Dean Tuchman’s research focuses on human impacts on aquatic ecosystem structure and function. Her work has spanned from investigating the effects of greenhouse gases on stream ecosystem food webs, to the impacts of invasive plant and animal species on Great Lakes coastal ecosystems, to the effects of emerging contaminants such as plasticizers (Bisphenol-A), and pharmaceuticals (e.g. antibiotics and endocrine disruptors) on streams and lakes. Working with students in research is one of the most rewarding aspects of Tuchman’s career. Throughout her 25-year career at Loyola, she has mentored or co-mentored 74 undergraduate students in individual research projects, and 34 graduate students.
Karsonya Wise Whitehead
Associate Professor of Communication and African and African American Studies, Loyola University Maryland, Department of Communication
Recently selected to receive the 2019 Exceptional Merit in Media Award, Karsonya (Dr. Kaye) Wise Whitehead is an Associate Professor of Communication and African and African American Studies in the Department of Communication at Loyola University Maryland; the host of the award-winning radio show, Today With Dr. Kaye on WEAA 88.9 FM; and, an Opinion Editorial Columnist for the Baltimore Afro newspaper. She is the author of four books including RaceBrave: New and Selected Works and Notes from a Colored Girl: The Civil War Pocket Diaries of Emilie Frances Davis and can be reached by e-mail firstname.lastname@example.org, via twitter @kayewhitehead, or at her website www.kayewisewhitehead.com.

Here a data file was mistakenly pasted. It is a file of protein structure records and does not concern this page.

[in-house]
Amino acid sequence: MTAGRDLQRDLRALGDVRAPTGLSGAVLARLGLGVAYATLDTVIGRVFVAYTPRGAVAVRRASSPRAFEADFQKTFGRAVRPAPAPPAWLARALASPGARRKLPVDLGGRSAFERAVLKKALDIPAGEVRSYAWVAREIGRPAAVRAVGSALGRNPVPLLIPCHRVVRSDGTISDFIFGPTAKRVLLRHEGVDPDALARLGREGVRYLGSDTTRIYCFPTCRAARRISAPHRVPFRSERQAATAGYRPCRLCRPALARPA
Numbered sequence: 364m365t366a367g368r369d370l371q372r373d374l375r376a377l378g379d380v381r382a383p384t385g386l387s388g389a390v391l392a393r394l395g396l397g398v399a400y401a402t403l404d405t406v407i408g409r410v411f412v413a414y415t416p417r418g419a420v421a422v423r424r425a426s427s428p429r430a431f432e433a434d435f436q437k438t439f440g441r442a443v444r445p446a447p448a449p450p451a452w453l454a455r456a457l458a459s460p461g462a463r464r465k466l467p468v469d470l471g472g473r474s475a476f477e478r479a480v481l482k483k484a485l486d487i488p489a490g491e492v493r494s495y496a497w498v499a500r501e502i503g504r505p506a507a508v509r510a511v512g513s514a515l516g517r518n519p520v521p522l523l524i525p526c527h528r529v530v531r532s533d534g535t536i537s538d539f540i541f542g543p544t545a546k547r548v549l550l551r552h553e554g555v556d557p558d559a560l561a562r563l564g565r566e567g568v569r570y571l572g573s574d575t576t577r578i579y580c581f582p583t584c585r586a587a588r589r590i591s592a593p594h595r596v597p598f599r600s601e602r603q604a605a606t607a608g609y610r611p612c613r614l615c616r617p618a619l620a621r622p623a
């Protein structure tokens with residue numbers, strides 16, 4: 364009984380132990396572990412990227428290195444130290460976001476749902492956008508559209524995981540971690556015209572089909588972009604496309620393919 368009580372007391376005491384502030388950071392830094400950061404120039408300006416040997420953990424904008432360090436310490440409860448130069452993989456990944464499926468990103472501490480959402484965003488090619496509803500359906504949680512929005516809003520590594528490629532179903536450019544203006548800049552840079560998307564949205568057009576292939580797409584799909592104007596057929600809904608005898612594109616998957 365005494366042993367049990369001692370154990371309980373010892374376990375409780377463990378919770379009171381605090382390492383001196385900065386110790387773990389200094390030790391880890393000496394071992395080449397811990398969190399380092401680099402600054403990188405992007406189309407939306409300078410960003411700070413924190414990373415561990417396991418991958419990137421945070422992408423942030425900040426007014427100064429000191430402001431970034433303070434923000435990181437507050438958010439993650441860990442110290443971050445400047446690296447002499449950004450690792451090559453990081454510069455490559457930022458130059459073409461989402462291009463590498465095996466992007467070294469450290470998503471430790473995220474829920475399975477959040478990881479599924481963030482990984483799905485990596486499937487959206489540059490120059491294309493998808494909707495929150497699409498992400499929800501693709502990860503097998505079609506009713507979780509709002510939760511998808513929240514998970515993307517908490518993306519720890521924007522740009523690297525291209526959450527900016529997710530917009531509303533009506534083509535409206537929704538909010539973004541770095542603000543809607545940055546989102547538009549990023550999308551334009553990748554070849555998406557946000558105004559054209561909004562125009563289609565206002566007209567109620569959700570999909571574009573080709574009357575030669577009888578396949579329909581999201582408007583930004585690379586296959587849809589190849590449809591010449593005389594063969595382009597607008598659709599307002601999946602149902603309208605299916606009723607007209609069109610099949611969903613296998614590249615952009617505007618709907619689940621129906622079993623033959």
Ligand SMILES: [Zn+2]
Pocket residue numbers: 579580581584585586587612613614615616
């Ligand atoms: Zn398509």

Director of Education and Advocacy, Kino Border Initiative
Joanna Williams has been the Director of Education and Advocacy at the Kino Border Initiative (KBI) in Nogales, Arizona and Sonora since 2015. She graduated with a Bachelor’s in Science from the School of Foreign Service at Georgetown University and received a Master’s in Public Policy from Arizona State University. Prior to her current position, she has journeyed with immigrants in a variety of contexts. She volunteered at a shelter in Tierra Blanca, Veracruz, conducted Fulbright research on the reintegration of deported and return migrants, and worked as a coordinator for the American Civil Liberties Union’s Border Litigation Project.